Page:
Ayn Rand: Goddess of the Great Recession

Why Christians should be wary of the late pop philosopher and her disciples.

"Whereas traditional conservatism emphasized duties, responsibilities, and social interconnectedness, at the core of the right-wing ideology that Rand spearheaded was a rejection of moral obligations to others."

Jennifer Burns
Goddess of the Market: Ayn Rand and the American Right

Read more @ Christianity Today


Roadkill said...


One of the few viewpoints that Rand shared with Socialists, Communists, and other children of the collectivist left was her visceral aversion to religion. Both she and Marx considered it an "opiate of the people."

I'm glad to see that you -- like most all conservatives -- regect political philosophies that are hostile to religion.

Sunny Badger said...


Do you think religion is an "opiate of the people?'

Roadkill said...

Of course not. Do you?

Sunny Badger said...

I don't think opiate is the correct pharmaceutical. Perhaps the importance of religion has dissipated in the 125+ years since Marx wrote that. I think religion has way less sway today. In fact, religion has gone the route of politics and sports. More and more people go to church, but not for any type of salvation or divine guidance. I know many who go to church because the music rocks at their church.

Then again, there's a difference between church and religion. Church is a community and religion is a personal belief system. It think Marx was pointing to the superstitions that drove the thinking of the ignorant masses that made up much of church doctrine. Looking at the Catholic church and its history, one can see the impact of money and power and the working of an ever growing bureaucracy. More times and less control over information is crumbling the Catholic church. Maybe the less people know about religion, then more they talk about church.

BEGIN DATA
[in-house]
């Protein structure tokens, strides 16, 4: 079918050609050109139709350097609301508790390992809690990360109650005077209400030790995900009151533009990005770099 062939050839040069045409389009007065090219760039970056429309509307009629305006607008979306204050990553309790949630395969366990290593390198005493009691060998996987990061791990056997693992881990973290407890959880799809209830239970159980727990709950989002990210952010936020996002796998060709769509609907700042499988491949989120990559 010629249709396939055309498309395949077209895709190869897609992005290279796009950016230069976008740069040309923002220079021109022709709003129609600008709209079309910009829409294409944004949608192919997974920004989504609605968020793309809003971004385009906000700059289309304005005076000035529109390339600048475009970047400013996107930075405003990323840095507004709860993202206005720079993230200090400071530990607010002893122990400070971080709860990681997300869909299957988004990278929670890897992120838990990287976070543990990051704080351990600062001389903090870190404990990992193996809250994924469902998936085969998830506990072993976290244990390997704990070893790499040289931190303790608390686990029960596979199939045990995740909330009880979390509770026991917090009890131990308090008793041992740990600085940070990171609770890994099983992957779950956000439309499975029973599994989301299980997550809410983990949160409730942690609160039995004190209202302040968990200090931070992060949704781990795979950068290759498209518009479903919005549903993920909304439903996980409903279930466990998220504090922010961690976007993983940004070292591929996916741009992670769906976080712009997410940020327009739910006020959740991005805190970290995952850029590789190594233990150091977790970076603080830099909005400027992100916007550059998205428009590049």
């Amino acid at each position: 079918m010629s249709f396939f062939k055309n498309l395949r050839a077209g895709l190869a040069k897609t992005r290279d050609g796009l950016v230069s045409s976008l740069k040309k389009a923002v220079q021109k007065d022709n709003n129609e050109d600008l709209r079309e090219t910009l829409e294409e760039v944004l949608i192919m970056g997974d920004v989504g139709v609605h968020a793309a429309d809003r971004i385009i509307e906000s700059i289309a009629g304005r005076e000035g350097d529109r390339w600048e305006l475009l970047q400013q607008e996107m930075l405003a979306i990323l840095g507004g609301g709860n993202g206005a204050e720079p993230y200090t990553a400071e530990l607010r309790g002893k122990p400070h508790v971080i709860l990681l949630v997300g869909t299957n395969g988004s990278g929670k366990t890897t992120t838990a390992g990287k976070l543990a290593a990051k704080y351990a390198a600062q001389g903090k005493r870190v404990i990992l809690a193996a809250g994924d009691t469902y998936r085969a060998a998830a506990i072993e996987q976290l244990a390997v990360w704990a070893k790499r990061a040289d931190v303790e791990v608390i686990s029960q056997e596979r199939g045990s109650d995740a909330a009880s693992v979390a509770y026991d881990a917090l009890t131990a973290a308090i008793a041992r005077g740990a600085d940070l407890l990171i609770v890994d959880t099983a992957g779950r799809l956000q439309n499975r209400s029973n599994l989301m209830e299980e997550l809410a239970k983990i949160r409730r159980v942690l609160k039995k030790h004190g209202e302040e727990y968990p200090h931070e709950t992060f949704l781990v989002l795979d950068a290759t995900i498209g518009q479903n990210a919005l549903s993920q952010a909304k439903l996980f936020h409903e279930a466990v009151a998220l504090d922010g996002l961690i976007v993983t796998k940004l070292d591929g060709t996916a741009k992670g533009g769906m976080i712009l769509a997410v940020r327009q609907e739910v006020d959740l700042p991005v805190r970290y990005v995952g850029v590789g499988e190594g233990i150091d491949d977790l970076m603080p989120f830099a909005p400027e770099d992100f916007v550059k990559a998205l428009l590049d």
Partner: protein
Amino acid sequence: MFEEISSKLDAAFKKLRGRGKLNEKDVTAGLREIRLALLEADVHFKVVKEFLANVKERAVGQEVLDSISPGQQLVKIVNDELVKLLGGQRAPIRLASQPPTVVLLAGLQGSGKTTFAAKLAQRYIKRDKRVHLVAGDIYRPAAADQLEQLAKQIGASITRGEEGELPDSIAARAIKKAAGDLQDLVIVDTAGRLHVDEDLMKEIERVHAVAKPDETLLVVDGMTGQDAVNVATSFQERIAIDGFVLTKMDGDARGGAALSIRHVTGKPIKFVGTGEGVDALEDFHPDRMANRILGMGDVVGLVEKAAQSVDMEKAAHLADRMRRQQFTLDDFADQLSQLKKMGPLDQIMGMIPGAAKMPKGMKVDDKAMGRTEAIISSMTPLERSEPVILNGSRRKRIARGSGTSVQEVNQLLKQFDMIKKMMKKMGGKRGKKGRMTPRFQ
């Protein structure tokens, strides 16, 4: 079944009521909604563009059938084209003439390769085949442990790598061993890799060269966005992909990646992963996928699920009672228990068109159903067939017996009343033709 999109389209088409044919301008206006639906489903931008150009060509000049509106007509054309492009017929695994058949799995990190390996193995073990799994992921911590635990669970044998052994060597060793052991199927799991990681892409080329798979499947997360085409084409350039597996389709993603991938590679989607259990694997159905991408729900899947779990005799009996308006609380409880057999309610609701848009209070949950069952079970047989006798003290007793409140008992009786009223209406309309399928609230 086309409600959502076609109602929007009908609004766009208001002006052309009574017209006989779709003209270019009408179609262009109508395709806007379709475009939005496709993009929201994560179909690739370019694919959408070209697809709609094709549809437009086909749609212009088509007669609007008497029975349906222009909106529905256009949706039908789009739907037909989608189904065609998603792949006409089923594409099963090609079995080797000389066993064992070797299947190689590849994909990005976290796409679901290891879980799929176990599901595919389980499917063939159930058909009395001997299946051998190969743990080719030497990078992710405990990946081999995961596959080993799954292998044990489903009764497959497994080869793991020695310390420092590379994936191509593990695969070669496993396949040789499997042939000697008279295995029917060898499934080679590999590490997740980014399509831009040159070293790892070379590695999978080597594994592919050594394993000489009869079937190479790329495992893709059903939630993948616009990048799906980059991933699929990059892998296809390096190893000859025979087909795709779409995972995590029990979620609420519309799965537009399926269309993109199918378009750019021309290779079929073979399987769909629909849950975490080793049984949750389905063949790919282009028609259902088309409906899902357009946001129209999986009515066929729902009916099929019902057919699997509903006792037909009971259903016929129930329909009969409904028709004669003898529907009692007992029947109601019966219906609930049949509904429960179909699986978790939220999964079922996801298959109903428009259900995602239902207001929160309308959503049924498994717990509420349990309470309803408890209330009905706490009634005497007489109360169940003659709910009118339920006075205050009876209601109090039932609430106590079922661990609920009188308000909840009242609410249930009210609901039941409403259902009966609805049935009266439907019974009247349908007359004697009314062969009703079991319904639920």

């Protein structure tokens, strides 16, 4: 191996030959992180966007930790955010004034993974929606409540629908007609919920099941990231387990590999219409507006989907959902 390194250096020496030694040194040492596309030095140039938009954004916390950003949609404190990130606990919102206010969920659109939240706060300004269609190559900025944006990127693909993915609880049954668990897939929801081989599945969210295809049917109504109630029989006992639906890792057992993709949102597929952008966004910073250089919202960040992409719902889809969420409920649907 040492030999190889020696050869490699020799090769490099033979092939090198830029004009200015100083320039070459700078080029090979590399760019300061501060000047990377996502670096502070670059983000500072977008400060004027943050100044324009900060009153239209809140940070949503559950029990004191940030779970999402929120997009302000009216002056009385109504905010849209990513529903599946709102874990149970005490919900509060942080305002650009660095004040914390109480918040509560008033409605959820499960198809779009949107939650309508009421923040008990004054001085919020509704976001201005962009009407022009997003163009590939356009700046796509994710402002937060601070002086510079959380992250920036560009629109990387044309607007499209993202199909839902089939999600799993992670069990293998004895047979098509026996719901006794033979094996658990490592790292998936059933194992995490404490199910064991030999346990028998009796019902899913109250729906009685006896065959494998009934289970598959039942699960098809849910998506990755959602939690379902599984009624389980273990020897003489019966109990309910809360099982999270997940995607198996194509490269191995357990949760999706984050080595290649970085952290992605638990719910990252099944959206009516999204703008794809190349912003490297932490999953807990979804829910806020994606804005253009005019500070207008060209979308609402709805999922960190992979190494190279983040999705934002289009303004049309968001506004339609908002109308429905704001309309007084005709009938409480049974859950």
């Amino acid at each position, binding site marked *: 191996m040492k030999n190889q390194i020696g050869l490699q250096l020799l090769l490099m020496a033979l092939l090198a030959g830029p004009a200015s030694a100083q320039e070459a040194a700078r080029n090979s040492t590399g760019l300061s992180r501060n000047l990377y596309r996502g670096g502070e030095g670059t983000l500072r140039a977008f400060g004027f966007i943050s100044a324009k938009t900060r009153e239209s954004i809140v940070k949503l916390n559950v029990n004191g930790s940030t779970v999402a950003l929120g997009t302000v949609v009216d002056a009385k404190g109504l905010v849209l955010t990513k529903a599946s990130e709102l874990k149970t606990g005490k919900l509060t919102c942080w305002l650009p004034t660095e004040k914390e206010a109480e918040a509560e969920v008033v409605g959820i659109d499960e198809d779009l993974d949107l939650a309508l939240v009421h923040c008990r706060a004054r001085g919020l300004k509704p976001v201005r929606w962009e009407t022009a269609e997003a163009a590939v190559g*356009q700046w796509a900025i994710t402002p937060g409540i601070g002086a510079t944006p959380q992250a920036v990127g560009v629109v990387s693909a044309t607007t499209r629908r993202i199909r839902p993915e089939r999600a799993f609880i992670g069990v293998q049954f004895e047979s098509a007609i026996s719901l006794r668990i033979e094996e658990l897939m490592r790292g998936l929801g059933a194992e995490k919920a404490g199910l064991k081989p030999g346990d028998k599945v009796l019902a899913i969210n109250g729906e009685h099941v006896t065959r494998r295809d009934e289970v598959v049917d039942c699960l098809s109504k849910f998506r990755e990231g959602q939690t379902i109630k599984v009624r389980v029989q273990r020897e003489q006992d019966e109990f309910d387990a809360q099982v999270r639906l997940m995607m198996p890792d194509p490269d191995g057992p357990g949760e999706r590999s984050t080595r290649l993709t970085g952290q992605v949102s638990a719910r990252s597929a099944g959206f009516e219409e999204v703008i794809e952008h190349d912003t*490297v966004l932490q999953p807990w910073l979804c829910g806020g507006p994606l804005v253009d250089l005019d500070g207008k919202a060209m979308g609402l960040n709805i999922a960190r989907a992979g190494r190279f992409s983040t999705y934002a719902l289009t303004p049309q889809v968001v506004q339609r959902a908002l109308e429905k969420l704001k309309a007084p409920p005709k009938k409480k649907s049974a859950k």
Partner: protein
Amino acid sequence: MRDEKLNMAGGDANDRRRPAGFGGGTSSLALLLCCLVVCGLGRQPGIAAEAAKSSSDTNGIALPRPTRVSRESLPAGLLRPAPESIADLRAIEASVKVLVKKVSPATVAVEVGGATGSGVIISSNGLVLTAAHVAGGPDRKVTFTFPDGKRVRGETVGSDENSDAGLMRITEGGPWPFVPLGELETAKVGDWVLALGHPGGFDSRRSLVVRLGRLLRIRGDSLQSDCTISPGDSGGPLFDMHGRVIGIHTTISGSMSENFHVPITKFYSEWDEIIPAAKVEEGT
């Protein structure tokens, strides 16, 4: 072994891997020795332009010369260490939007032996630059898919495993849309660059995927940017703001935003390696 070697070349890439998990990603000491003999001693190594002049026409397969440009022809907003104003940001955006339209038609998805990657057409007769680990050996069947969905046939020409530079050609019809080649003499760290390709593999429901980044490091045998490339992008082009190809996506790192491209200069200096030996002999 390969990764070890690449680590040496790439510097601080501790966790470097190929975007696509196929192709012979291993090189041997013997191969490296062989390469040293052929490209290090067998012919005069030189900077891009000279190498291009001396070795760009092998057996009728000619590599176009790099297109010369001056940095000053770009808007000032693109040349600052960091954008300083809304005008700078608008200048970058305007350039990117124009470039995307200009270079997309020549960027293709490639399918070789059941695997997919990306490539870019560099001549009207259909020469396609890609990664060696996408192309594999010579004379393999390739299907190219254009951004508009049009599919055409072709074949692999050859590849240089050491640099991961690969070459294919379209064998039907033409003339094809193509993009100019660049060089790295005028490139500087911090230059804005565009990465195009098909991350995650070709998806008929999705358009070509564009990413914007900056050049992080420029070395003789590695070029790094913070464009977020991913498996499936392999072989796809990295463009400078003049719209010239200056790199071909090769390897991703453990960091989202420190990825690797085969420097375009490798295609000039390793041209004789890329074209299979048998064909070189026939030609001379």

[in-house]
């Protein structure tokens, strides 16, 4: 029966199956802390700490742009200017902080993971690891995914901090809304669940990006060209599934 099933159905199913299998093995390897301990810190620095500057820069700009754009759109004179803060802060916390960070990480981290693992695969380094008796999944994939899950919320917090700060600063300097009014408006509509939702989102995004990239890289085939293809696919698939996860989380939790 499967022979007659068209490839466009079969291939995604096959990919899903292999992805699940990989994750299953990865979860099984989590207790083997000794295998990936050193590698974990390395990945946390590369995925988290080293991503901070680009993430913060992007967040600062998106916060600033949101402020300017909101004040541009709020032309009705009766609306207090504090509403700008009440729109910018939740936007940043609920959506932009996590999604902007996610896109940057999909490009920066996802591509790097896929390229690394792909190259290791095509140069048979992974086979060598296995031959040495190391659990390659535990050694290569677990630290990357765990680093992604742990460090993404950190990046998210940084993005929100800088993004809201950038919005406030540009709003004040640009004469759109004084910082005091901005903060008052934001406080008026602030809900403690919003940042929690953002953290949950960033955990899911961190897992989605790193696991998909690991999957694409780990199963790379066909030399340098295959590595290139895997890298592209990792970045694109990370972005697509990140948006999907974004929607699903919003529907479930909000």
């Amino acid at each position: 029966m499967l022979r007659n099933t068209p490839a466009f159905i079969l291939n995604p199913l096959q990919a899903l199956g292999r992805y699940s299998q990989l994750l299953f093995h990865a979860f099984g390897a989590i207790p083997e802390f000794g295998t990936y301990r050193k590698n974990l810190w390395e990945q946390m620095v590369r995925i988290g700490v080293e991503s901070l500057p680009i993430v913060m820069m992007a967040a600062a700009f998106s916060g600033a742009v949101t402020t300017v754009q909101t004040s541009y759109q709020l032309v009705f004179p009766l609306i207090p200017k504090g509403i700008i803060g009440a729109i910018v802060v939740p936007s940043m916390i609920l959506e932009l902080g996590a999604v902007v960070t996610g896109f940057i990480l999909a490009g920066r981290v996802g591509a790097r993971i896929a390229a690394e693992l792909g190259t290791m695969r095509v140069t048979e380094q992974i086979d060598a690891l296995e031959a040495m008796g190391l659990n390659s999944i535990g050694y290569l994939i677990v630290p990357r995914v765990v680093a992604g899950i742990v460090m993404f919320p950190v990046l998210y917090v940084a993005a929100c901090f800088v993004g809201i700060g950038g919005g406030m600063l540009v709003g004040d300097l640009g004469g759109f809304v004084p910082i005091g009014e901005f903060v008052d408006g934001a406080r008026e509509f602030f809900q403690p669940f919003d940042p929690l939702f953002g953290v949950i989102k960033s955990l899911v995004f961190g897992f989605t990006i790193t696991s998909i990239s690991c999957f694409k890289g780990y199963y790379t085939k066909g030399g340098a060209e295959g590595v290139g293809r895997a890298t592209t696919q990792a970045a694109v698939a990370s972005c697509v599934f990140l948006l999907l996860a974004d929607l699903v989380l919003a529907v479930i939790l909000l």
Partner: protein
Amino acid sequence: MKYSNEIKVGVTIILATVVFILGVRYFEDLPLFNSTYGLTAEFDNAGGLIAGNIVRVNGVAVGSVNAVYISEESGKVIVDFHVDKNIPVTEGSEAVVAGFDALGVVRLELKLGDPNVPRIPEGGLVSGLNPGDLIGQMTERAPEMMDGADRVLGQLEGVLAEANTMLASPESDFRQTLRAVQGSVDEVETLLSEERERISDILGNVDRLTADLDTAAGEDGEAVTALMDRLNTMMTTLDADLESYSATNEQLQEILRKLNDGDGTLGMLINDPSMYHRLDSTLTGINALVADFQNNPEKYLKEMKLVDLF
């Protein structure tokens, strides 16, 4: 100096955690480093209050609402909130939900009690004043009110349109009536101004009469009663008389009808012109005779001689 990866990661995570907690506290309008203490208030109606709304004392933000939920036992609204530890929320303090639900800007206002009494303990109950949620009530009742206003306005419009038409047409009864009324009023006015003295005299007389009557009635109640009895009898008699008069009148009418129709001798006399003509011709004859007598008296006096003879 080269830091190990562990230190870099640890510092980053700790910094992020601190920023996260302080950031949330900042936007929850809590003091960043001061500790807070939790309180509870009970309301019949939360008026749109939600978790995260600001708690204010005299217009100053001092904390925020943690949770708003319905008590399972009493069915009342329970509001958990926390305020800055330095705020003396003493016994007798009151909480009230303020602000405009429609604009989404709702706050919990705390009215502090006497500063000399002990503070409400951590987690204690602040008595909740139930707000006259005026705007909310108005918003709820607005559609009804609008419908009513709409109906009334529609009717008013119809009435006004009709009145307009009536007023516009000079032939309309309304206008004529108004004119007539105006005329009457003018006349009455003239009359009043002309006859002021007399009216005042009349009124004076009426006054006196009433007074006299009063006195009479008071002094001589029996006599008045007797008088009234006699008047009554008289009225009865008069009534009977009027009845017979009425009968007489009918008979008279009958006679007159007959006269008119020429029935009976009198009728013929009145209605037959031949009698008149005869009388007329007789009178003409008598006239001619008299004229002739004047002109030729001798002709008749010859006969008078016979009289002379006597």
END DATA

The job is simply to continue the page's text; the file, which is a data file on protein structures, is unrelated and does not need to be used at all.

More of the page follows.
Politics is the same. I see a lot more people speaking up about political things and knowing less and less of what they speak. The bulk of the TEA Party reflects this. I can't believe how ignorant of facts and history many proponents of the TEA Party are. When I ask where they heard that, they tell it's all over the news. What news? FOX News. Or it's all over the radio. What radio? Conservative talk radio.

Obama's $2 billion trip to India is a recent example. Pure baloney that five minutes on the Internet could verify. Yet, Sarah Palin said it and I heard Glenn Beck, Limbaugh and Hannity say it and say it on the same day...the day before the November election.

Maybe people are straying from the religious flock keepers and moving to the pastures fertilizes by the conservative hucksters. On the other hand, I hear as much baloney being excreted on the left by the liberals. The problem I have with the liberal market place of ideas is that their local radio station 950AM does not come in go.

Since I consider public radio to be as close as unbias as I can get, I prefer the exchange of ideas and discussions that take place on Wisconsin Public Radio.

...instead of opiate, I would say a shot and a beer of the people.

Roadkill said...

Your opiate/pharmaceutical, Sunny, is Liberalism, and considering that last rambling comment of yours, you might want to lay off the stuff for awhile.

My original comment on your post pointed out the common thread of atheism in the thought of Ayn Rand and in that of all Collectivists from Marx to Lenin to Hitler to Sartre to Marcuse. That is to say, if Christians should be wary of Rand due to her atheism, should they not be just as wary of atheist collectivists?

Sunny Badger said...


I got carried away on that last post. I was reading about the failure of Proposition 19.

I think Marxism embraced christian principles more than Randism.